More on genre – the novel sequence

A few days ago, some very depressing news was released to the media.  (Some of you may be ahead of me here.)  I refer, of course, to George RR Martin’s announcement that the release of the sixth book in his sequence “Song of Ice and Fire” is delayed, as he hasn’t finished writing it, and therefore it cannot coincide with the sixth series of the TV series “Game of Thrones”.  Depressing, but not surprising.  Am I going to live long enough to learn the true parentage of Jon Snow, and whether any of Ramsay Bolton’s letter is true?

However, I will turn this to my temporary advantage by musing below on the concept of the “novel sequence”.

Cheating, perhaps, for “Song of Ice and Fire” is not really a novel sequence.  It is a single novel, too long for one volume, and therefore told in several.  Presumably this slightly odd story device has its origins in the novels serialised in 19th century magazines (like most of Dickens) but in its current form it is surely inspired by JRR Tolkien’s publication of “The Lord of the Rings” in three volumes over time.  It is nowadays normal practice, in fantasy in particular.  Sometimes each of the individual volumes comes to a reasonable pause; sometimes they don’t.  The fifth volume of “Song of Ice and Fire” had about five different cliffhanger endings.

JK Rowling has pioneered a somewhat different version.  Each of the seven Harry Potter books is a self-contained plot and story, but all contribute to the full story arc.  One could say something similar about Susan Howatch’s Starbridge Chronicles, or Bernard Cornwell’s historical novels about the Saxon warrior Uhtred (“The Last Kingdom” on TV), although in his case the overall arc is provided by the history of Alfred the Great and his children and grandchildren.

A true novel sequence, according to Wikipedia, means a series of novels, each of which stand alone, but which have the same setting, characters or themes.  There are many examples, such as the Aubrey/Maturin novels of Patrick O’Brien, the Inspector Wexford novels of Ruth Rendell (and many other detective sequences), and (I believe) the Flashman books.

By contrast, it seems that the single sequel to a beloved book is less common nowadays in literature, although still seen in the world of film.  Most novel sequences could be described as a series of sequels featuring the same beloved characters.

What I find more interesting are the rarer cases of authors who create a county, a planet, or an alternative history, and write completely standalone stories, where the heroine of book 1 may be a minor character, a dead ancestor, or simply not appear at all in books 2 and 3.  This is what, in my wildest dreams, I want to do with the continent of Ragaris, and this is why the second story, which I’m currently writing, is set in a different country, and fifty years later than the first.

Frankly I’m surprised that more authors haven’t done this kind of thing, following the examples in the 19th century of Anthony Trollope and (I’m told!) Balzac. (And the now almost-forgotten Charlotte Yonge – see my favourites on the Author page.)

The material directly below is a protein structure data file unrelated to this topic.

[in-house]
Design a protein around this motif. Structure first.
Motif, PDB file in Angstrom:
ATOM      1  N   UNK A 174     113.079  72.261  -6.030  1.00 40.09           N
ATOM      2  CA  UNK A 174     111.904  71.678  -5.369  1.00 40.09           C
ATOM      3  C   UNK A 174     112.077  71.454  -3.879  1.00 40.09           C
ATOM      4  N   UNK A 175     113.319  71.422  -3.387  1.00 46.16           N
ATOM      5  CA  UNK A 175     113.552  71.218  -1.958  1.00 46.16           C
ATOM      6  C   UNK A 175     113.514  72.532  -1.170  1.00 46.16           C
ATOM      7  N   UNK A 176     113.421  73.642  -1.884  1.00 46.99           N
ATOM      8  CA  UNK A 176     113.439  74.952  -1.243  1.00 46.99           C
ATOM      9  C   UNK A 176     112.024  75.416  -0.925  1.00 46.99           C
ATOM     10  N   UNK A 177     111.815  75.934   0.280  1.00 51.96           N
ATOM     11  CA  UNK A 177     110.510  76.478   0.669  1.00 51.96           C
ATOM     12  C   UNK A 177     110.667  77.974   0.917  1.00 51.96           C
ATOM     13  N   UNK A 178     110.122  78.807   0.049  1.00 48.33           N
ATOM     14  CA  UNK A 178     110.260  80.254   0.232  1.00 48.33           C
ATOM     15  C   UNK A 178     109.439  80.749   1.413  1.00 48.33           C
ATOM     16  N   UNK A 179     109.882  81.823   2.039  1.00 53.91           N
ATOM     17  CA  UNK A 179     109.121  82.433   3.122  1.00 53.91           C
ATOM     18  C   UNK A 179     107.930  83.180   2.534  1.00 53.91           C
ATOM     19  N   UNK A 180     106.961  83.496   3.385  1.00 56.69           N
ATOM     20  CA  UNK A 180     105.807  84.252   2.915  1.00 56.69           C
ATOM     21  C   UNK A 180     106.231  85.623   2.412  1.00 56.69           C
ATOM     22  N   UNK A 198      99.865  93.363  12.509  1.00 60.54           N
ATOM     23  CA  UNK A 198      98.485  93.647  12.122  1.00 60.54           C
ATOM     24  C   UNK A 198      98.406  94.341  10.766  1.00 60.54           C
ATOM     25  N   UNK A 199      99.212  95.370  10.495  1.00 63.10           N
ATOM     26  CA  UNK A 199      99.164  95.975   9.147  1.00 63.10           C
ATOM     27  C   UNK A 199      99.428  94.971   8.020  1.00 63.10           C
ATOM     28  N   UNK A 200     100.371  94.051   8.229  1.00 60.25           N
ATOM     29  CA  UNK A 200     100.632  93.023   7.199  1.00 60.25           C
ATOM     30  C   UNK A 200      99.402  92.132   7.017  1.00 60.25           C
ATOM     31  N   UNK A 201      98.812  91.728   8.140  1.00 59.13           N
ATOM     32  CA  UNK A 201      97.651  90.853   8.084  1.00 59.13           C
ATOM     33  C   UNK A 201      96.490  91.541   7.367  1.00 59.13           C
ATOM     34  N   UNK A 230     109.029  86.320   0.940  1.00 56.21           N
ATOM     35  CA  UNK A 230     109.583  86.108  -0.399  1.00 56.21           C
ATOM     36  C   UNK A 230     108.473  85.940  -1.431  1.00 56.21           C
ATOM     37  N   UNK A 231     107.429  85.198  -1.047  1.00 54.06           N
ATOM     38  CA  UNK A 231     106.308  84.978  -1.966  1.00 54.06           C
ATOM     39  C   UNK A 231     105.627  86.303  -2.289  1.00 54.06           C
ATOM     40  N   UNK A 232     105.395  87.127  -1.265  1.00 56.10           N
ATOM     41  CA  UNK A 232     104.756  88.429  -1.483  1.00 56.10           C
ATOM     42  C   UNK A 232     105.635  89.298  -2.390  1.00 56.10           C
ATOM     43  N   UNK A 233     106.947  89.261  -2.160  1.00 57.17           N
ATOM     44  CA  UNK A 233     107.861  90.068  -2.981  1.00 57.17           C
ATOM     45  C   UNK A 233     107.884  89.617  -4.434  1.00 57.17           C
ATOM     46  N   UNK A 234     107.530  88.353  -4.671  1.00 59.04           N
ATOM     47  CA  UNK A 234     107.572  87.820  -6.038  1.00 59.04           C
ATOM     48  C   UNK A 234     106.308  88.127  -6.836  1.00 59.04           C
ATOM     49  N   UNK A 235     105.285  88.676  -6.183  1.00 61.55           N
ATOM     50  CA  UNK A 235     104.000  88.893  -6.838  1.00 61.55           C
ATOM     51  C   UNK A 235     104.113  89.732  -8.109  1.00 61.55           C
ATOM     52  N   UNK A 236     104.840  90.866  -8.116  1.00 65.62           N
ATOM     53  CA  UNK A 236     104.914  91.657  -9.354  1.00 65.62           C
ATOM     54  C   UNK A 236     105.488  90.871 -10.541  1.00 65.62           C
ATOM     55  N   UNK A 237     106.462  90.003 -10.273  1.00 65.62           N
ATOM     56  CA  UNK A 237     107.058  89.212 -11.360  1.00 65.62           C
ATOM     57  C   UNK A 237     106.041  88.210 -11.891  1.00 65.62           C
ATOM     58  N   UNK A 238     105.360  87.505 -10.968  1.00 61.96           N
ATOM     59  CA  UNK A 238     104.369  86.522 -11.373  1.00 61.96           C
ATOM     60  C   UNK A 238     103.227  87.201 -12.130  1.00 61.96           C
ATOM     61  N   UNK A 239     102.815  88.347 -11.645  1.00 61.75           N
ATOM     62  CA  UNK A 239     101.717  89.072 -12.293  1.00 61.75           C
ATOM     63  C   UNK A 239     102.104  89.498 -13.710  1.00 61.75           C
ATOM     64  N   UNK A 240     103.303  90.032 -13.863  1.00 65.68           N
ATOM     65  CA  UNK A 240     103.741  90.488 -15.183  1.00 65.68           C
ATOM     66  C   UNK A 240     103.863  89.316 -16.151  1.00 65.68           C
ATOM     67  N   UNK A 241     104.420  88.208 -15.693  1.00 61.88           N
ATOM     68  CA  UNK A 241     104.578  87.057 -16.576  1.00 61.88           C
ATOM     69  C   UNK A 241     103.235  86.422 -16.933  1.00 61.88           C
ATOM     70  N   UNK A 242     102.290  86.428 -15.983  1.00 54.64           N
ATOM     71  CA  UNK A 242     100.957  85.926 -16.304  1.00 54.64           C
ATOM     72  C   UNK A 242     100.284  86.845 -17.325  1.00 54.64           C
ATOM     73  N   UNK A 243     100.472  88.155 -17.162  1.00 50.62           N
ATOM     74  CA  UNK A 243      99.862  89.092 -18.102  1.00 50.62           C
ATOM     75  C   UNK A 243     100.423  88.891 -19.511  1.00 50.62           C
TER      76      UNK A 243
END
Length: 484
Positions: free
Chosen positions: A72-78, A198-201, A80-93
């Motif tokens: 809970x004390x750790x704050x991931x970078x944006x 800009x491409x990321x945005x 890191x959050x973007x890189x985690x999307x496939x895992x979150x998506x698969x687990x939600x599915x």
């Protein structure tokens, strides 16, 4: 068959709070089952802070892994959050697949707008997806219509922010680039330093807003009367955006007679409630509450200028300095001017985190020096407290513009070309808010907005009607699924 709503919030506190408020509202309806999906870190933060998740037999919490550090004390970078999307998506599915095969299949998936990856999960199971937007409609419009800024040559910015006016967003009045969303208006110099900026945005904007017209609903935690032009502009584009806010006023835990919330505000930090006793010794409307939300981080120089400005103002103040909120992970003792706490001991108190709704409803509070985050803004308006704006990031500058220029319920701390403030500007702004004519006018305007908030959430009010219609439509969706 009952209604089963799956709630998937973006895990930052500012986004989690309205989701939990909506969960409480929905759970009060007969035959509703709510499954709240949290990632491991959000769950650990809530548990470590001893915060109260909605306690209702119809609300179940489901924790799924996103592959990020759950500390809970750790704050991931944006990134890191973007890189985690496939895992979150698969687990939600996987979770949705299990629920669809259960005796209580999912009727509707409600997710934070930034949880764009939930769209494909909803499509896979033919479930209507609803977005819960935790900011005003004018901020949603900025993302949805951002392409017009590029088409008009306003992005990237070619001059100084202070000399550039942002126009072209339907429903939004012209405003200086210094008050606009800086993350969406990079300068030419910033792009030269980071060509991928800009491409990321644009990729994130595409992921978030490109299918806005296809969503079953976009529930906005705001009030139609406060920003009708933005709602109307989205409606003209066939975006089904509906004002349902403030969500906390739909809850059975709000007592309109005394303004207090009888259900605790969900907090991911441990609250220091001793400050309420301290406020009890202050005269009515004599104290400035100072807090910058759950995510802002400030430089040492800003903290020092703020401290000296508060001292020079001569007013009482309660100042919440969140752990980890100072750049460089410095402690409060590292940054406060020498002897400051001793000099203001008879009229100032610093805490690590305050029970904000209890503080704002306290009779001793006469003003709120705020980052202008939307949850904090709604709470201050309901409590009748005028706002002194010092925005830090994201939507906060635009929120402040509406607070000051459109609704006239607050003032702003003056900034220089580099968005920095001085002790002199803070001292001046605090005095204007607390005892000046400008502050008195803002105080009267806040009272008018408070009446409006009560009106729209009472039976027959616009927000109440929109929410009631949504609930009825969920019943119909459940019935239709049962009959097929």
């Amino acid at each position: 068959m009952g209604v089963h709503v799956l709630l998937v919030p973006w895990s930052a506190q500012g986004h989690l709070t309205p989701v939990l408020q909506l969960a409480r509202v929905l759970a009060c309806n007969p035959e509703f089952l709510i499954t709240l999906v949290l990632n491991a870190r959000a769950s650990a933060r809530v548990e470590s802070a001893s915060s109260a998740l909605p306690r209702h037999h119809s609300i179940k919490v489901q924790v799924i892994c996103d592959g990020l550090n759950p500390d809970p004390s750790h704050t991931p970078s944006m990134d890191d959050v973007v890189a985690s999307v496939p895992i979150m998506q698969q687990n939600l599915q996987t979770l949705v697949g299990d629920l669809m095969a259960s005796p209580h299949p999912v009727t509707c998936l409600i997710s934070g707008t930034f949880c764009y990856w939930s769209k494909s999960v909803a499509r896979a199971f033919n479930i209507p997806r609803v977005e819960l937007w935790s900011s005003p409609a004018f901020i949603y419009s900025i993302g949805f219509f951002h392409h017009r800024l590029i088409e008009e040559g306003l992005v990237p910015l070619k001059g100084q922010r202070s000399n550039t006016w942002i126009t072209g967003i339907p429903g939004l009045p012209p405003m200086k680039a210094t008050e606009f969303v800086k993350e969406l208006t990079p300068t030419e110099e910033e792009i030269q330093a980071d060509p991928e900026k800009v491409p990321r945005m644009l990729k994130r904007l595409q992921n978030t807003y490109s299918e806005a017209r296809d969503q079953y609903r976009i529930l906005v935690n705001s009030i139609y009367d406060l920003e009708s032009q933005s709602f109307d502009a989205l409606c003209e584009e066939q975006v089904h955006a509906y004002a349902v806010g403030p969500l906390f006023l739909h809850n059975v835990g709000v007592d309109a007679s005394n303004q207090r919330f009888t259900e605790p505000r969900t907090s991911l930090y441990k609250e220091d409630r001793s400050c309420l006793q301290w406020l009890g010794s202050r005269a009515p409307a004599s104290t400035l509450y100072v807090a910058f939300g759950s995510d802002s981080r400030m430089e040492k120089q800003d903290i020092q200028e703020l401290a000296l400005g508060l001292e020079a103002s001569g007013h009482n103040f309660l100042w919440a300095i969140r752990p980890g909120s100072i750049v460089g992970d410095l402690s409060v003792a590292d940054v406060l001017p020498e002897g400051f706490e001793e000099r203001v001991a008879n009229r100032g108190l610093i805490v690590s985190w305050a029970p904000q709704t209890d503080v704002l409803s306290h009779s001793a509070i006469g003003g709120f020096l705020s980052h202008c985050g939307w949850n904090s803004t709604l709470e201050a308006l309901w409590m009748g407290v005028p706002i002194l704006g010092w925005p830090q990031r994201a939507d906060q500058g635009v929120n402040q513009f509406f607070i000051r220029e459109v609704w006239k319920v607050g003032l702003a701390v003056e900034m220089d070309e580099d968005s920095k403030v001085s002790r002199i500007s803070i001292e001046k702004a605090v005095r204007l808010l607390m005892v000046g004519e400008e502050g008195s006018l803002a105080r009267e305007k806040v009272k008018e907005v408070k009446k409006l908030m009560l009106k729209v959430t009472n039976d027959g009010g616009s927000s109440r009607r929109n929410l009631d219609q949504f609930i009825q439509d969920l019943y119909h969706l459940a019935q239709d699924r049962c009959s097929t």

In fantasy/SF, a prime example is Marion Zimmer Bradley’s Darkover series, which covers thousands of years, in over 20 books, and only rarely has the same hero/heroine for two books running.  For a long time Bradley also refused to provide maps, dates or family trees, and the books can genuinely be read in almost any order.  I still recall the thrill of connecting the dots, and realising that Rohana’s horrible son in “Thendara House” was the same person as Dyan’s horrible father in “The Heritage of Hastur”.  (In later years this author became more famous for her feminist retelling of Arthurian legend, “The Mists of Avalon”, but I prefer Darkover.)

Terry Pratchett’s “Discworld” series naturally mixed all the above categories.  The first volume, “The Colour of Magic” ends on a cliffhanger (really), and the story comes to a conclusion in the second book, “The Light Fantastic”.  He then went on to write 39 more books set on the Discworld, some of which are semi-coherent sequences about the same characters, such as the City Watch, or Granny Weatherwax’s coven, but one or two (eg “Pyramids”) that stand alone.  Famously, only one character appears in all the books.  “Death comes to everyone.  When he came to Mort, he offered him a job.”

There is a danger in novel sequences of becoming repetitive and (according to readers) lazy.  Anthony Trollope famously responded to two men in a club complaining that he did not invent new characters by telling them, “As for Mrs Proudie, I will kill her myself”, and promptly doing so in “The Last Chronicle of Barset”, before moving on to a bigger literary stage.

But a really good character, like Mrs Proudie, Sam Vimes, or Hercule Poirot, surely deserves more than one book, and so does a good setting, like Darkover.   Or Hogwarts.

Or not?

By the Partial, Prejudiced and Ignorant Blogger






  • Clint Redwood

    8th January 2016 at 7:04 pm Reply

    Iain M Banks’s Culture novels were a lot like you describe Darkover to be. An interesting “world” but rarely did a character appear in more than one, and the different books have very different structures. However, you come to appreciate the bizarre concept of the “Culture” and it’s Minds as you read the different books.

  • Malachi Malagowther

    9th January 2016 at 1:00 pm Reply

    The novel sequence planned for Ragaris could lead to disappointment among the fans of Gormad. Surely he deserves a sequel where he is the main character rather than just a minor reference as an ancestor in “Twelth Province”. Gormad may provide an object for fan pressure to get a new book. Admittedly fan pressure hasn’t had any effect on George R.R. Martin.

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